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Given a choice, 46% of Citrix employees picked Macs

As an increasing number of Information Technology departments allow employees to choose what devices to use, a big percentage are picking Apple gear. Citrix reports that about 460 of a thousand workers in its program selected Macs.

A report by the New York Times profiling the trend toward companies' support of "bring your own device" policies noted that Apple's iPhone, iPad and MacBooks have "made major inroads" into the enterprise.

In contrast, companies like Dell, HP, and RIM that previously maintained a lock on the purchasing decisions of large companies through tight relationships with IT staff are now losing out, experiencing "stagnant or sinking" sales.

"This retreat is occurring because many of those companies are finding they just aren’t that good at selling to consumers," the report stated, citing Barclays Capital analyst Ben Reitzes as saying, "You can basically outsource your I.T. department to Apple."

Reitzes added, "what you’re seeing is that Apple’s approach is winning, and it is tough for the others to keep up."

Companies save money in offering employees choice

In early 2010, AppleInsider profiled a "bring your own computer" program initiated by Kraft that allowed employees to pick the system they wanted to use, as long as it met certain minimum requirements.

Kraft Bring Your Own Computer

The Times described the program as being favorably received by employees, and further noted similar shifts occurring at companies like Netflix and Citrix, the latter of which reported that when given a choice, 46 percent picked Macs.

"That was a little bit of a surprise," reported Paul Martine, the chief technology officer of Citrix. The company makes software that enables computing clients to access externally-hosted Windows applications on both Mac OS X and iPads. That in turn has helped Apple to find even greater adoption among other companies dependent upon Windows software.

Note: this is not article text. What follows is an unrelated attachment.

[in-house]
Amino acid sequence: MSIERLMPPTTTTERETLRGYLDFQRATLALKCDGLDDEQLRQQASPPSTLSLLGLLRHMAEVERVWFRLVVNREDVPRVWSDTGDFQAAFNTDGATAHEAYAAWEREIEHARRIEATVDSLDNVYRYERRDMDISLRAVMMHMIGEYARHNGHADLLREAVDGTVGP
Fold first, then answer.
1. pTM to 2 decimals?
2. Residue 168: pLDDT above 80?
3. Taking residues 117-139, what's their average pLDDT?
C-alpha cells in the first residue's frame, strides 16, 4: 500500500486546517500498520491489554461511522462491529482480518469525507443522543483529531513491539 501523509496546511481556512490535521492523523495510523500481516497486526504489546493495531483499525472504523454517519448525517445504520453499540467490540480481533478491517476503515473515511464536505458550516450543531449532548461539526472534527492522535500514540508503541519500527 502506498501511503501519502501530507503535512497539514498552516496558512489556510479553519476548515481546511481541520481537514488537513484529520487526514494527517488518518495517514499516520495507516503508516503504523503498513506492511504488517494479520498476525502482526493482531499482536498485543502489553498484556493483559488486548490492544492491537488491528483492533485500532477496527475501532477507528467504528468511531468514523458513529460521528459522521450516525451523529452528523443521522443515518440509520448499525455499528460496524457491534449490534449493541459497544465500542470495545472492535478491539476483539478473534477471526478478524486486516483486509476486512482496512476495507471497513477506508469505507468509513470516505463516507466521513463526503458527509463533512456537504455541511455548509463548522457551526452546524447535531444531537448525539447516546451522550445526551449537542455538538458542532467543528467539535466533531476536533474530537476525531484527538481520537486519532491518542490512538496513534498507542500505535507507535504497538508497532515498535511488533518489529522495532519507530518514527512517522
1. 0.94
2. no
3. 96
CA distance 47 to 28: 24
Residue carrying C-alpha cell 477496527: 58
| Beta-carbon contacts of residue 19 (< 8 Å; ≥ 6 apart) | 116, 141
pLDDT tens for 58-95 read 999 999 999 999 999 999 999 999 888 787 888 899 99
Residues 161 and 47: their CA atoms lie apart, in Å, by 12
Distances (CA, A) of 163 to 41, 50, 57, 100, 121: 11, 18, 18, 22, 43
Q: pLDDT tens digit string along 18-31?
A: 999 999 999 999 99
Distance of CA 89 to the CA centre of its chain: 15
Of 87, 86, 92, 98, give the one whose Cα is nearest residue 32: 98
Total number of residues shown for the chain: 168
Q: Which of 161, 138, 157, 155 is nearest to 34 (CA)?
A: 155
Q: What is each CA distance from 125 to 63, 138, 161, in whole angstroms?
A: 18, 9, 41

Citrix reported that its "choose your own hardware" program has saved the company about 20 percent on each notebook computer over the past three years.

Not all choices equal

Many companies are not open to supporting just any hardware that workers might own. The report specifically named Wells Fargo Bank as stating that its employees are not allowed to connect to corporate networks with their personal devices.

However, the bank's chief information officer Jim Spicer did note that it has "expanded the choice of corporate-owned devices that it issues to employees to include more consumer-oriented products," saying "the biggest challenge we have today is making sure that we don’t chase every device that comes along."

That gives Apple an advantage with the iPad that it won't necessarily lose to other makers that make similar but less established or mature products, like Samsung's Galaxy Tab or Motorola's Xoom tablet.